Alberta premier questions arrest of pandemic lockdown protester at legislature

Alberta premier questions arrest of pandemic lockdown protester at legislature

Alberta premier questions arrest of pandemic lockdown protester at legislature

EDMONTON — Alberta Premier Jason Kenney wants answers after a man protesting public health lockdown orders was arrested outside the legislature over the weekend.

“The right to peaceful protest is a fundamental right that includes both the freedoms of speech and assembly,” Kenney said in a statement Monday.

“We understand that a number of peaceful protests have occurred outside the legislature since a public health emergency was invoked, where protesters observed physical distancing guidelines largely without incident.

“Yesterday was the first time an arrest occurred.”

Kenney stressed that while elected leaders don’t direct front-line law enforcement, “we are inquiring why an arrest occurred yesterday, but not at previous protests.

“If we are not satisfied with the explanation, the government will modify public health orders to clarify that it is acceptable for individuals who are respecting physical distancing guidelines to be present in outdoor public venues, including for the purpose of protesting.”

On videos posted to Facebook, the man is seen sitting on the edge of the legislature fountain protesting the orders on Sunday.

He speaks through a bullhorn for a few minutes. He and other protesters around him appear to keep the mandated two-metre distance from each other, as per COVID-19 public health orders.

At one point, three legislature sheriffs walk up and surround the man.

They ask him for his identification and he refuses, after which they grab him by the arms and legs and haul him away. Supporters nearby jeer at the officers and members of the Edmonton police.

An Edmonton police spokesman said the man faces two charges under the Public Health Act for obstructing officers by refusing to provide identification and for participating in a public gathering of more than 15 people.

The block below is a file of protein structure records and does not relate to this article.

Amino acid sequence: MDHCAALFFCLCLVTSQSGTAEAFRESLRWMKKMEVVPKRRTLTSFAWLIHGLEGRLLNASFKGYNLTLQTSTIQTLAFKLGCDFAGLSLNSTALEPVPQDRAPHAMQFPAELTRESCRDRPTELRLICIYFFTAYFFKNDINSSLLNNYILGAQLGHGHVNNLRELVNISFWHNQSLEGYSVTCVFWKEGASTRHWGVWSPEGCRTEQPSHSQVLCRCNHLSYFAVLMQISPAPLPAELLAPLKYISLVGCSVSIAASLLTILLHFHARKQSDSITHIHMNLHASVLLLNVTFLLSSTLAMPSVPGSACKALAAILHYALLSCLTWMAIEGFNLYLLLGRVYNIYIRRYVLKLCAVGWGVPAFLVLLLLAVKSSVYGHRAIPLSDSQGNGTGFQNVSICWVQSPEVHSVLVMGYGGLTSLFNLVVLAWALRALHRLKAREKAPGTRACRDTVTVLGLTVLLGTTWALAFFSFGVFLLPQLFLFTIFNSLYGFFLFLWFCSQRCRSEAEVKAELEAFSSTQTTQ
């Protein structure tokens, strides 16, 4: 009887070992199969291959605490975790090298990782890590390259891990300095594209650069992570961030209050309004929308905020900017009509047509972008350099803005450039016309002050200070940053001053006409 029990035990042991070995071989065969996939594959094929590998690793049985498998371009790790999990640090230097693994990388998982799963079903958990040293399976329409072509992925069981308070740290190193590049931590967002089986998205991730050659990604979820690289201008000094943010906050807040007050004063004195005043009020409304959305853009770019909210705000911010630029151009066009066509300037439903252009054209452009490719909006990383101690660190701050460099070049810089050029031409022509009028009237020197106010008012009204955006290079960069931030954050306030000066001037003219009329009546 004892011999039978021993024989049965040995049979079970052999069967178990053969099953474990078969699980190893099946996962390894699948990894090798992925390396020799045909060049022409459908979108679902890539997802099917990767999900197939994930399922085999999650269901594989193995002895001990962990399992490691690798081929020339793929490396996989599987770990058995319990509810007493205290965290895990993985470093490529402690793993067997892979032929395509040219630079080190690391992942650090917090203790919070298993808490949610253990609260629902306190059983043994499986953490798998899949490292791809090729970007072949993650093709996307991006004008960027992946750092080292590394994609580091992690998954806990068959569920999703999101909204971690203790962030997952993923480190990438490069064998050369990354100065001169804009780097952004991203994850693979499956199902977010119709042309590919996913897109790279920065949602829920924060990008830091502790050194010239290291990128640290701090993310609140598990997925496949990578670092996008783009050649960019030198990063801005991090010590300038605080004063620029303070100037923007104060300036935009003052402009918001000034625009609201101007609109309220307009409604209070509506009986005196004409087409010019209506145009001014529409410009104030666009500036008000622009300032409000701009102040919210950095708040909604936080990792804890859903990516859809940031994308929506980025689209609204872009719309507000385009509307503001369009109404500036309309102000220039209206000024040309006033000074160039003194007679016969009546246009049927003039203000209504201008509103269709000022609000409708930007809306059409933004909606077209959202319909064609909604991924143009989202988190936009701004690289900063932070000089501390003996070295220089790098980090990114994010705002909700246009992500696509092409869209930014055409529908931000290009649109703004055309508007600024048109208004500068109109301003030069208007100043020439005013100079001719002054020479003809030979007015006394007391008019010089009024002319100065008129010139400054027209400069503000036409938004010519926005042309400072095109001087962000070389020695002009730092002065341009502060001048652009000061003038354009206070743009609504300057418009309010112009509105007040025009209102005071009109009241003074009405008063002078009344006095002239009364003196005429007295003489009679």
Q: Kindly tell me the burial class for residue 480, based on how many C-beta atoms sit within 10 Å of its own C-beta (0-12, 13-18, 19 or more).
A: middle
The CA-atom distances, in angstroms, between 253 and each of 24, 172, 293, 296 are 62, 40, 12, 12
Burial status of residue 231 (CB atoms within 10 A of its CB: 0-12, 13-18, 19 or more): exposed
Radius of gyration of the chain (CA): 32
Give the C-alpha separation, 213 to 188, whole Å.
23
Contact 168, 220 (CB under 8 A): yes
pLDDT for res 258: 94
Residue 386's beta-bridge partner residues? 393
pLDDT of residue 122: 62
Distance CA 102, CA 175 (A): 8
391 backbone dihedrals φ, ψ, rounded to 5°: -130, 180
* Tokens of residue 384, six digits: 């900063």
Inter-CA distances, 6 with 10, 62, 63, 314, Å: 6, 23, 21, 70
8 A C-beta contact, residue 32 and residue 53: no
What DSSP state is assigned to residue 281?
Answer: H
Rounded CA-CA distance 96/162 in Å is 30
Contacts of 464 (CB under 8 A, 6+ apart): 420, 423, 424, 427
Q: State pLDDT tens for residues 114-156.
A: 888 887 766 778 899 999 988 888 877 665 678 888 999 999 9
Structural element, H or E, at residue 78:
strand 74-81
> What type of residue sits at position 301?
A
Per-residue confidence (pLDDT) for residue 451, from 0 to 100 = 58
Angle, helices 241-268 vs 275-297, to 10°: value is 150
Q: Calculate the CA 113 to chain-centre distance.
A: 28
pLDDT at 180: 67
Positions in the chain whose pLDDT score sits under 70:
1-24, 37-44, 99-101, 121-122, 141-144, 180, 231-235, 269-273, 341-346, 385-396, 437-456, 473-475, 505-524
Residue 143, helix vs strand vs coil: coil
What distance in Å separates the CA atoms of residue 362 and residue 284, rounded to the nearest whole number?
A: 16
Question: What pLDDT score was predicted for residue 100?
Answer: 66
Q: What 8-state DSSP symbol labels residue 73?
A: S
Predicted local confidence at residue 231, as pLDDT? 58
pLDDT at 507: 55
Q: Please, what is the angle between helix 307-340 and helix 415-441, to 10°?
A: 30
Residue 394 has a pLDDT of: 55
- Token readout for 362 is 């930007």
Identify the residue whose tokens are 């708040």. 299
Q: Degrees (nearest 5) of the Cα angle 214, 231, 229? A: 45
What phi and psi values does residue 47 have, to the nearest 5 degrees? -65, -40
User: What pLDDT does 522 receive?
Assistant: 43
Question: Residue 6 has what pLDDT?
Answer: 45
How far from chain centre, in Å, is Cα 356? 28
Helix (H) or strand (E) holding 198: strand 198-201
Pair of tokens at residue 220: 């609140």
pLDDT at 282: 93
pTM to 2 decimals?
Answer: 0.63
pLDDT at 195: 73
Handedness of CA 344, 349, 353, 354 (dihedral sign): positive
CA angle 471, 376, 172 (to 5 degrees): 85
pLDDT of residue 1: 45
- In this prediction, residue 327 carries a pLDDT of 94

Alberta Justice spokesman Jason van Rassel, in a statement, said “This arrest … had to do with the individual’s failure to identify himself and provide his personal details to allow for the issuing of a ticket for failure to abide by public health orders.

“He was subsequently transferred to (Edmonton police) members in attendance who removed him from the area and charged him with obstruction.”

A 15-person maximum rule was also put in to deal with the pandemic. It is to remain in place even as the province moves forward Thursday with opening up stores, hair salons and other businesses.

Also Monday, Economic Development Minister Tanya Fir announced that industry-specific guidelines are now available online for businesses getting ready to reopen.

Restaurants and bars, for example, must operate at no more than 50 per cent seating capacity, with at least a two-metre distance separating dining parties.

Retail store owners should regularly clean and disinfect surfaces and equipment touched by staff and customers, as well as limit the amount of shoppers in the store at any given time.

In hair salons, staff need to wear masks and should encourage customers to do the same. Walk-in service is discouraged and workstations need to maintain two metres’ distance.

“(This) information gives businesses an easy-to-follow road map for reopening,” said Fir.

Opposition NDP Leader Rachel Notley said the guidelines are too vague.

“Today’s announcement leaves many unanswered questions and there is still no word about support for the cost of implementing new safety measures,” said Notley on Twitter.

“We need the UCP (government) to do better.”

Recent numbers suggest the province is flattening the rate of infections.

Dr. Deena Hinshaw, the chief medical officer of health, said there are 1,524 active cases of COVID-19. There were also two more deaths, both in continuing care facilities, bringing that total to 117.

The number of hospitalizations continue to decline. There are 73 people in hospital, 12 of whom are in intensive care.

This report by The Canadian Press was first published May 11, 2020.

Dean Bennett, The Canadian Press

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